Shinde shares stage with CJI, MVA unhappy as SC is hearing pleas
A day after he shared dais with the Chief Justice of India (CJI) Uday Umesh Lalit, Maharashtra Chief Minister Eknath Shinde came under severe criticism from the opposition Maha Vikas Aghadi (MVA) alliance on Sunday. CJI Lalit was felicitated at an event in Mumbai on Saturday, where Union Law Minister Kiren Rijiju was present. Shinde, who was also present on the occasion, said it was a proud moment for the state as its “son” became the CJI.
The MVA coalition — comprising the Uddhav-faction of Shiv Sena, the NCP and the Congress — was in power before Shinde’s rebellion. The Supreme Court is hearing various petitions of the Uddhav Thackeray-led Sena and the CM camp related to the formation of the new government in Maharashtra. They raise several constitutional questions related to defection, merger and disqualification.
Terming Shinde’s gesture as ‘improper,’ State NCP president Jayant Patil tweeted, “A serious case of challenging the legitimacy of the Eknath Shinde government is being heard by a Constitutional Bench of the Supreme Court. In such a case, it is improper that Shinde shares stage with the Chief Justice of India. This is not as per protocol.” Shiv Sena spokesperson Arvind Sawant said that nothing was happening these days as per norms, rules and law. “This is the reason we say democracy is in danger,” he added.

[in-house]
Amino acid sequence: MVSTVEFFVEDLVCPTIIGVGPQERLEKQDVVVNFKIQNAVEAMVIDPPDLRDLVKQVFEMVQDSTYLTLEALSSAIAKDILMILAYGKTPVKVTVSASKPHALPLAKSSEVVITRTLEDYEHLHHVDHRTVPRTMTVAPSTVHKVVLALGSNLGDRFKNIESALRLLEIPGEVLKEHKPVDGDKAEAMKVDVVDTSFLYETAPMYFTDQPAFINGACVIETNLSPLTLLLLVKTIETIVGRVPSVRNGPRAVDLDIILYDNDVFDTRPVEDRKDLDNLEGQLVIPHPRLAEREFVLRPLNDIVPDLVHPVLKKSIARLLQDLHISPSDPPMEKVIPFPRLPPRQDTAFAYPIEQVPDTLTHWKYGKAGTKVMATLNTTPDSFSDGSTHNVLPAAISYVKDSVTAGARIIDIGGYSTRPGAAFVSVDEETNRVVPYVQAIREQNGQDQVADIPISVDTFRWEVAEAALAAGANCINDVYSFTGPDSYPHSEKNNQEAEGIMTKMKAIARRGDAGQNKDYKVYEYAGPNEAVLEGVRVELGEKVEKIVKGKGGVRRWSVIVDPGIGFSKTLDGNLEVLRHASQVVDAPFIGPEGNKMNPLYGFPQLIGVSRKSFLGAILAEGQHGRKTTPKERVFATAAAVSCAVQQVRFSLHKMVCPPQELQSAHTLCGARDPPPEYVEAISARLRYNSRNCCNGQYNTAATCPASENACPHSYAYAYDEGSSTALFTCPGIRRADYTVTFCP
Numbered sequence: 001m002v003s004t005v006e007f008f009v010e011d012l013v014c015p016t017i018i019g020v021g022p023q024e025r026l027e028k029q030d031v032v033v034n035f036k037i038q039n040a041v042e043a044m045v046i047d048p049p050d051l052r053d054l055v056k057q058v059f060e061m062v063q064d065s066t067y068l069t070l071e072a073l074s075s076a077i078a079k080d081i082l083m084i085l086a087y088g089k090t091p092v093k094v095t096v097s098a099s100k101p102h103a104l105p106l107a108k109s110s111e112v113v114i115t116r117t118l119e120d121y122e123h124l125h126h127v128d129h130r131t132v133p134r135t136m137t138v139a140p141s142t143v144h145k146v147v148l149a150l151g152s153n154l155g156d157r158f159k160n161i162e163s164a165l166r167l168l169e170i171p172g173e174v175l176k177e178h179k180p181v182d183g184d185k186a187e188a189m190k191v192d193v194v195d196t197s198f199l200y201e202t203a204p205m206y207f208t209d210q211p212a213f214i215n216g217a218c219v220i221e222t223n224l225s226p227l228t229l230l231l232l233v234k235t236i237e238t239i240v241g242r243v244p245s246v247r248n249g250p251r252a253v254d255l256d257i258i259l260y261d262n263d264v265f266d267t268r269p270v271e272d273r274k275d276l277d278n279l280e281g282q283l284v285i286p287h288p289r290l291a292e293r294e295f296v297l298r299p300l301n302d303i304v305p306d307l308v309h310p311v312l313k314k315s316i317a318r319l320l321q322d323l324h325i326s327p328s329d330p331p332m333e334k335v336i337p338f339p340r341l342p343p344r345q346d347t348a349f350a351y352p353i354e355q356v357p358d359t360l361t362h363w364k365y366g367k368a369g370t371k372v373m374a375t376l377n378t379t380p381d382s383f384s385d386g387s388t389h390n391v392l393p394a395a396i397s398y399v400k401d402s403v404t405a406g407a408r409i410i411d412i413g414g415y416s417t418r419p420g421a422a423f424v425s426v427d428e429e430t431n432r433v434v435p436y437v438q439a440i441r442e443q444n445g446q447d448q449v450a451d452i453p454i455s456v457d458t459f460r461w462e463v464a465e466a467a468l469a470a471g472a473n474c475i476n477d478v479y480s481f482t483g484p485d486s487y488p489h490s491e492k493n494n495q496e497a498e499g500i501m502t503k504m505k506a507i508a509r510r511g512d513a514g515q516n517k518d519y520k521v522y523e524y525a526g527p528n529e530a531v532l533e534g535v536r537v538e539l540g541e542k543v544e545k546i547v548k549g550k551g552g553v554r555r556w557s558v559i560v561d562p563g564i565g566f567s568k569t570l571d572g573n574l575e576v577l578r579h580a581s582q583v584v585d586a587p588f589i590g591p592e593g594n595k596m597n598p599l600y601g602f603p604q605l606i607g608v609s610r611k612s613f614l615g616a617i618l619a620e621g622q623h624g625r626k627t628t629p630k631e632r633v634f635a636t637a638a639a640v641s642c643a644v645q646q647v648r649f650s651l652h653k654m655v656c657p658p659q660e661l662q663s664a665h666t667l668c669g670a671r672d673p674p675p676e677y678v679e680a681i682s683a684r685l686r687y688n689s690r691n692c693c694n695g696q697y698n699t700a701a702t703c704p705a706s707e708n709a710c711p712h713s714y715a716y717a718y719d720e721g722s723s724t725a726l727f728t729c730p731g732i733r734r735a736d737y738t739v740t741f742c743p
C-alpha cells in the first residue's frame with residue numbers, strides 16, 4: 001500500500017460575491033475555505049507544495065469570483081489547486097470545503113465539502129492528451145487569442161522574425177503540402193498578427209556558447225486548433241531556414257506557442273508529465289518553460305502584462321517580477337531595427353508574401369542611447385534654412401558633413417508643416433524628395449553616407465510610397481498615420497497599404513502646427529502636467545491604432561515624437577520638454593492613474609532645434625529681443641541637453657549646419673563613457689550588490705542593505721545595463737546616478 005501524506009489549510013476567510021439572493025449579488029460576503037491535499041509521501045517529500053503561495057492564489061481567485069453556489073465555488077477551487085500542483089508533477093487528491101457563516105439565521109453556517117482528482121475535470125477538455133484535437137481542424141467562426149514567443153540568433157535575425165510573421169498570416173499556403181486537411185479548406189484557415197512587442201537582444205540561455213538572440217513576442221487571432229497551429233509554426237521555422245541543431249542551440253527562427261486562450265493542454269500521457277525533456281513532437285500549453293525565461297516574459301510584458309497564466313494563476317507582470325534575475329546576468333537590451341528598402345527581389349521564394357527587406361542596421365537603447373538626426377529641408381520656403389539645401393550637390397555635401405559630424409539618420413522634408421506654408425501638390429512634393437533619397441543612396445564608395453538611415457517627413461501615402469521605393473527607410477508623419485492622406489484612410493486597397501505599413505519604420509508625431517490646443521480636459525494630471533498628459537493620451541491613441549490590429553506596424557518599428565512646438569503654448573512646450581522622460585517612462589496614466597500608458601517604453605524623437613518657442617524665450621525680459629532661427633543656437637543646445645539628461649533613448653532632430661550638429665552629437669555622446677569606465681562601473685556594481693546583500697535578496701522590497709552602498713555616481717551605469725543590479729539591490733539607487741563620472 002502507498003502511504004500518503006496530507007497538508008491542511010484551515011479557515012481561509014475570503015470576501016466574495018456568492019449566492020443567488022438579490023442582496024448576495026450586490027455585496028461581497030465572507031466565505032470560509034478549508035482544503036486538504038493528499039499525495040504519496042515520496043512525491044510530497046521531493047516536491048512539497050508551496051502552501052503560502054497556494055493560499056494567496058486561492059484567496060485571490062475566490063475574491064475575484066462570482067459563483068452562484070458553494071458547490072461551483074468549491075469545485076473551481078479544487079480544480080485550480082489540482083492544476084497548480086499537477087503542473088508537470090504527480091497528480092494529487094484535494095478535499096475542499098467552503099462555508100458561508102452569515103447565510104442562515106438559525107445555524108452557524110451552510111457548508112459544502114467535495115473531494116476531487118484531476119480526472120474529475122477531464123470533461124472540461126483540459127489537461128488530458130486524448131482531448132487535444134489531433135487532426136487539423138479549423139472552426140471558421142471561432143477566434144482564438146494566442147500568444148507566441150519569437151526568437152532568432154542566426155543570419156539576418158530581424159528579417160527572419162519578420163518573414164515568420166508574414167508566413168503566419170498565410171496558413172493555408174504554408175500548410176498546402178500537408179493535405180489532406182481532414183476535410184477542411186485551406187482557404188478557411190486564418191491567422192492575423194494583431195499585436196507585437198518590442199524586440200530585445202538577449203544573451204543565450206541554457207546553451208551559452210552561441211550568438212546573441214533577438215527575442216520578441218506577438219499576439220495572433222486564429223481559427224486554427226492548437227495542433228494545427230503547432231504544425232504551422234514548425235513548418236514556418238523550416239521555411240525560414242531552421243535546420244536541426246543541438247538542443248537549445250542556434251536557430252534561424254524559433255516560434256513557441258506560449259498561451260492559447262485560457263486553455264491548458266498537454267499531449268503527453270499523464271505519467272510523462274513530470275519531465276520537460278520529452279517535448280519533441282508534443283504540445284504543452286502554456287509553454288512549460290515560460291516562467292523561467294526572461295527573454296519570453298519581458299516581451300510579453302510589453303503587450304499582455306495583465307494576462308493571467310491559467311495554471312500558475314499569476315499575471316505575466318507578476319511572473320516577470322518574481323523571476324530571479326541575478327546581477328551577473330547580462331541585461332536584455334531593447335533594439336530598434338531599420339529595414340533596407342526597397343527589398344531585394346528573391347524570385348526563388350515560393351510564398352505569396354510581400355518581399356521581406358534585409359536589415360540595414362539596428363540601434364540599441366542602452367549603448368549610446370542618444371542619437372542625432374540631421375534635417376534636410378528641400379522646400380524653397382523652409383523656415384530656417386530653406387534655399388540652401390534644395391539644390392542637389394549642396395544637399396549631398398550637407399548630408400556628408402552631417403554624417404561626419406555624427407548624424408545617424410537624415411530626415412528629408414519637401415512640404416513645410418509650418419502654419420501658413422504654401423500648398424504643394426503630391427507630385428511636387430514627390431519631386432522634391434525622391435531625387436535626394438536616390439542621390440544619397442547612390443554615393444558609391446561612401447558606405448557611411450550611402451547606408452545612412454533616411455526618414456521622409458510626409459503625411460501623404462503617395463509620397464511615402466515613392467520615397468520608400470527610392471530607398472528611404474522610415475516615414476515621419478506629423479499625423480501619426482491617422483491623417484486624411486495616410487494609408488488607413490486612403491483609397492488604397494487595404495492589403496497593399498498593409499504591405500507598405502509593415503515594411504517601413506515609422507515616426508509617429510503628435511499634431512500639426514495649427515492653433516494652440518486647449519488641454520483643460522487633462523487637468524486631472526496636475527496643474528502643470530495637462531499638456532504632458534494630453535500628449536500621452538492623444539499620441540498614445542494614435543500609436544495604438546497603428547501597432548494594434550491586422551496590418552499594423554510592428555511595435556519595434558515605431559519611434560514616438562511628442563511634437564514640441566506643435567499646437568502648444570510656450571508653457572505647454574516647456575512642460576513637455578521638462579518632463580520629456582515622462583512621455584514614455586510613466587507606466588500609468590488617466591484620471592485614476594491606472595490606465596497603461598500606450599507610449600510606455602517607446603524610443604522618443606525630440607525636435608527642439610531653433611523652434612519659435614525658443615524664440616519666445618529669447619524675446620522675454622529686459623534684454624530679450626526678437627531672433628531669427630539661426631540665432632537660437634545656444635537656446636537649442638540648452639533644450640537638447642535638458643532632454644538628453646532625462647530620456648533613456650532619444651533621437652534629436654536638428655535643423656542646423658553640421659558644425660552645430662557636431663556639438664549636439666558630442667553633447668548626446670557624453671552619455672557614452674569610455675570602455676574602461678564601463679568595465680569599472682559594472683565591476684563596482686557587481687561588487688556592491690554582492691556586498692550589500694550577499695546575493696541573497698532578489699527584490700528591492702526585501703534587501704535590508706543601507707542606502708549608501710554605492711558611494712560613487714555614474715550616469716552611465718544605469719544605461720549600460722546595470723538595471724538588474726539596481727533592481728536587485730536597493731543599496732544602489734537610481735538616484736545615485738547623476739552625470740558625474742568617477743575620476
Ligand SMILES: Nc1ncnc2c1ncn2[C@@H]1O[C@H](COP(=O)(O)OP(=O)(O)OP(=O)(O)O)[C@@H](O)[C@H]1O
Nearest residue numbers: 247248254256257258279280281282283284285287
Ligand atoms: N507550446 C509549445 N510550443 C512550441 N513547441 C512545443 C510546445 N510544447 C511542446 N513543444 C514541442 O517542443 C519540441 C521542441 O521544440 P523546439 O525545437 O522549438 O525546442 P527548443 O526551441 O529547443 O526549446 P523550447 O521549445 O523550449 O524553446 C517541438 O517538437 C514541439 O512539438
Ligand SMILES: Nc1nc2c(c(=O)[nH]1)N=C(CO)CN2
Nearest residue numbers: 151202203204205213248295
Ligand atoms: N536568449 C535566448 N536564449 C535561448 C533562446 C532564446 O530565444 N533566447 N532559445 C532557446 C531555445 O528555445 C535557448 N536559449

Congress spokesman Sachin Sawant, tweeting phtographs of the Saturday’s event, wrote on Twitter: “When legitimacy and legality of the Shinde-Fadnavis government is being examined by Hon’ble SC itself and not only the current state government but also the man heading it can be disqualified, the dais looks rather incongruous.”
Shinde had led a revolt against the Shiv Sena leadership in June this year, which resulted in the collapse of the Thackeray-led MVA government. Shinde was sworn in as the CM on June 30, along with BJP’s Devendra Fadnavis as deputy CM. The SC recently referred the petitions filed by the Shiv Sena and CM Eknath Shinde factions to a five-judge bench.